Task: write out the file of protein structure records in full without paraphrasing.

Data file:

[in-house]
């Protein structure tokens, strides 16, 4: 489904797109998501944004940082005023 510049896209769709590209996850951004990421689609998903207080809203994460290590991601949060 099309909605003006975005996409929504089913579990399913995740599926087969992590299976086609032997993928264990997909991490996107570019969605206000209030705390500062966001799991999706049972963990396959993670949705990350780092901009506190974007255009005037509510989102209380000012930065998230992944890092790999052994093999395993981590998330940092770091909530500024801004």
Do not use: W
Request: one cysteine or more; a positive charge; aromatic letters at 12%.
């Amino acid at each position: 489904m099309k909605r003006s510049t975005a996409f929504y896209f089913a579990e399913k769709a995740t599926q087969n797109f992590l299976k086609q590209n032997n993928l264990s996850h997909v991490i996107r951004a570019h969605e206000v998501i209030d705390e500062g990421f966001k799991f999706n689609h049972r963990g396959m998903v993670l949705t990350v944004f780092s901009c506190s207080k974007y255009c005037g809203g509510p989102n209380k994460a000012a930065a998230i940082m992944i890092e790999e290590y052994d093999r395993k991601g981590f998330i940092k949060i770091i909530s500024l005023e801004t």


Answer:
[in-house]
């Protein structure tokens, strides 16, 4: 489904797109998501944004940082005023 510049896209769709590209996850951004990421689609998903207080809203994460290590991601949060 099309909605003006975005996409929504089913579990399913995740599926087969992590299976086609032997993928264990997909991490996107570019969605206000209030705390500062966001799991999706049972963990396959993670949705990350780092901009506190974007255009005037509510989102209380000012930065998230992944890092790999052994093999395993981590998330940092770091909530500024801004």
Do not use: W
Request: one cysteine or more; a positive charge; aromatic letters at 12%.
């Amino acid at each position: 489904m099309k909605r003006s510049t975005a996409f929504y896209f089913a579990e399913k769709a995740t599926q087969n797109f992590l299976k086609q590209n032997n993928l264990s996850h997909v991490i996107r951004a570019h969605e206000v998501i209030d705390e500062g990421f966001k799991f999706n689609h049972r963990g396959m998903v993670l949705t990350v944004f780092s901009c506190s207080k974007y255009c005037g809203g509510p989102n209380k994460a000012a930065a998230i940082m992944i890092e790999e290590y052994d093999r395993k991601g981590f998330i940092k949060i770091i909530s500024l005023e801004t």